Depending on its level of freshness and purity, fish oil should be considered a commendable addition.
The eighth ingredient is vegetable oil, a generic oil of unknown origin. The ratio of omega-6 to omega-3 fats in any oil is nutritionally critical and can vary significantly (depending on the source).
Without knowing more, it’s impossible to judge the quality of an item so vaguely described. However, compared to a named animal fat, a generic vegetable oil cannot be considered a quality ingredient.
From here, the list goes on to include a number of other items.
But to be realistic, ingredients located this far down the list (other than nutritional supplements) are not likely to have much of an effect on the overall rating of this product.
With three notable exceptions…
First, this recipe contains fructooligosaccharide, an alternative sweetener1 probably used here as a prebiotic. Prebiotics function to support the growth of healthy bacteria in the large intestine.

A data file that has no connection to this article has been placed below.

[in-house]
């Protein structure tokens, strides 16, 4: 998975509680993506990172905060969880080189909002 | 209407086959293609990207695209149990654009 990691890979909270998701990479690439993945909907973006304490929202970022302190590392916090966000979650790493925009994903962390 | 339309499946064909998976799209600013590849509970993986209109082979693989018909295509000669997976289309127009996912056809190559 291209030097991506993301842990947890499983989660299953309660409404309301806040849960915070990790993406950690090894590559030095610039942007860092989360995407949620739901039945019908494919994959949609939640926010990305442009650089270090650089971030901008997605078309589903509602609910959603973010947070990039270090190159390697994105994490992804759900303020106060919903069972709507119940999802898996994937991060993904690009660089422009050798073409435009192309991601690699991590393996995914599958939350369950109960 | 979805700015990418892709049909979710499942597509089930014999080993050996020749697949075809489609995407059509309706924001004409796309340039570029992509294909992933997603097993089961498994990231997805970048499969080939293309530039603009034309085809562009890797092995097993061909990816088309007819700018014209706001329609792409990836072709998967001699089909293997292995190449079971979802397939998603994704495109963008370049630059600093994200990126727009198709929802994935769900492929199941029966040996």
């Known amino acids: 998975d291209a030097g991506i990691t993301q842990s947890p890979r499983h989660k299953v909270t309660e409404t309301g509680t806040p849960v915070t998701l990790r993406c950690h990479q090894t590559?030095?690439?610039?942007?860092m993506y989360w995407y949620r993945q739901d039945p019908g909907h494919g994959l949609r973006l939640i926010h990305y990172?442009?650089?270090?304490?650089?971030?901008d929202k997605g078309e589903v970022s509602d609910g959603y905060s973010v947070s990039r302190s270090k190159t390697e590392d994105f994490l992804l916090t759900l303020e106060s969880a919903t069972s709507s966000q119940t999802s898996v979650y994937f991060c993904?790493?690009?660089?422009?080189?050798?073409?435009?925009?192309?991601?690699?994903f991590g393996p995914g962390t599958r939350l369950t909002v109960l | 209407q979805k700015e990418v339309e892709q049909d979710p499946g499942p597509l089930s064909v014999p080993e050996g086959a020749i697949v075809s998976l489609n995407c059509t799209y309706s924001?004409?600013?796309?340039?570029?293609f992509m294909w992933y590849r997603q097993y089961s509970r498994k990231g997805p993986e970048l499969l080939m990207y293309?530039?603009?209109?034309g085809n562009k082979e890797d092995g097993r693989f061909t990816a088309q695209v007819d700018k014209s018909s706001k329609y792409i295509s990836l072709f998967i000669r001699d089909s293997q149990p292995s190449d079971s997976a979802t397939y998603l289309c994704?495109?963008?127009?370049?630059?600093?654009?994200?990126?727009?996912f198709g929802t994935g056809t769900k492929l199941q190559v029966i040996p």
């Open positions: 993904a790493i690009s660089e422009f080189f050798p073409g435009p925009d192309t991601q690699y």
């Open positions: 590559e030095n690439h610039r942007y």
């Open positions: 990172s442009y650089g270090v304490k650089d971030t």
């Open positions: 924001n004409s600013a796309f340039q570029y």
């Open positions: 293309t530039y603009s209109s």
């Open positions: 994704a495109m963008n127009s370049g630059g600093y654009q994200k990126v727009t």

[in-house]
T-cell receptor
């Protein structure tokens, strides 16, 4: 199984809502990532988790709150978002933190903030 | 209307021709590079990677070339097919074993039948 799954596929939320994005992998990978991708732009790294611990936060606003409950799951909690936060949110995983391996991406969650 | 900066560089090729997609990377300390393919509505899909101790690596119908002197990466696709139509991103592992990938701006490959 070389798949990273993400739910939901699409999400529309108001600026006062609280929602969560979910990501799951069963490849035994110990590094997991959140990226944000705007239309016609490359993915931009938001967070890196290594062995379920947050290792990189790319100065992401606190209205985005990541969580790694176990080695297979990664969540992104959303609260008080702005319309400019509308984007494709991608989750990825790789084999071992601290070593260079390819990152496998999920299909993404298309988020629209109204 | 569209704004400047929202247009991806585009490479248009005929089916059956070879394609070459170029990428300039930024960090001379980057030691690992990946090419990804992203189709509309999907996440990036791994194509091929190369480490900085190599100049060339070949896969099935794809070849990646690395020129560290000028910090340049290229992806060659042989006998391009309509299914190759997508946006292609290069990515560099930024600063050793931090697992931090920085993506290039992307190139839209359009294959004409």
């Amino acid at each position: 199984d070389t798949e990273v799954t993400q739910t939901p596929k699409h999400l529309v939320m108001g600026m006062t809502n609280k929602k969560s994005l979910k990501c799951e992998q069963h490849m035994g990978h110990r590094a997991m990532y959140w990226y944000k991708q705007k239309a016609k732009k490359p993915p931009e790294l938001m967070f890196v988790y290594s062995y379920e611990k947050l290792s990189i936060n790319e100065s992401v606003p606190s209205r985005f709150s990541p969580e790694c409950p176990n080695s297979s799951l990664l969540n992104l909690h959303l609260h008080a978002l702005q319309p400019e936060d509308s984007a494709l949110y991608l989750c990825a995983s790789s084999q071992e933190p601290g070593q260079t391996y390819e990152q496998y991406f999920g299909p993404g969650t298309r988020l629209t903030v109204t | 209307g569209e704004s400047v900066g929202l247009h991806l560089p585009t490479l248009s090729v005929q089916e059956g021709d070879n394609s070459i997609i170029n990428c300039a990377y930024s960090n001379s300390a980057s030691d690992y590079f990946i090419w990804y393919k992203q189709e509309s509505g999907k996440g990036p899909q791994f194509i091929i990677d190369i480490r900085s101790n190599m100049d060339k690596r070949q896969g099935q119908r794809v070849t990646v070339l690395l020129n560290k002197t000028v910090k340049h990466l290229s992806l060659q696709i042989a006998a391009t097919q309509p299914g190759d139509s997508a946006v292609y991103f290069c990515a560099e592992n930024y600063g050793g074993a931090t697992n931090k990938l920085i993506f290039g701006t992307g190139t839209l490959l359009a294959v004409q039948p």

Next, we note the inclusion of psyllium seed. Psyllium is mainly used as a dietary fiber to absorb excess water into the intestine and help stimulate normal bowel elimination.
And lastly, this food does contain chelated minerals… minerals that have been chemically attached to protein. This makes them easier to absorb. Chelated minerals are usually found in better dog foods.
Royal Canin Professional Energy 4800
The Bottom Line
Judging by its ingredients alone, Royal Canin Professional Energy appears to be an average dry dog food.
But ingredient quality by itself cannot tell the whole story. We still need to estimate the product’s meat content before determining a final rating.
And a fat-to-protein ratio of about 93%.
Above-average protein. Above-average fat. And below-average carbs when compared to a typical dry dog food.
When you consider the protein-boosting effect of the wheat gluten, this looks like the profile of a kibble containing only a moderate amount of meat.
However, with 55% of the total calories in this food coming from fat as compared to just 24% from protein, this product may not be appropriate for every dog.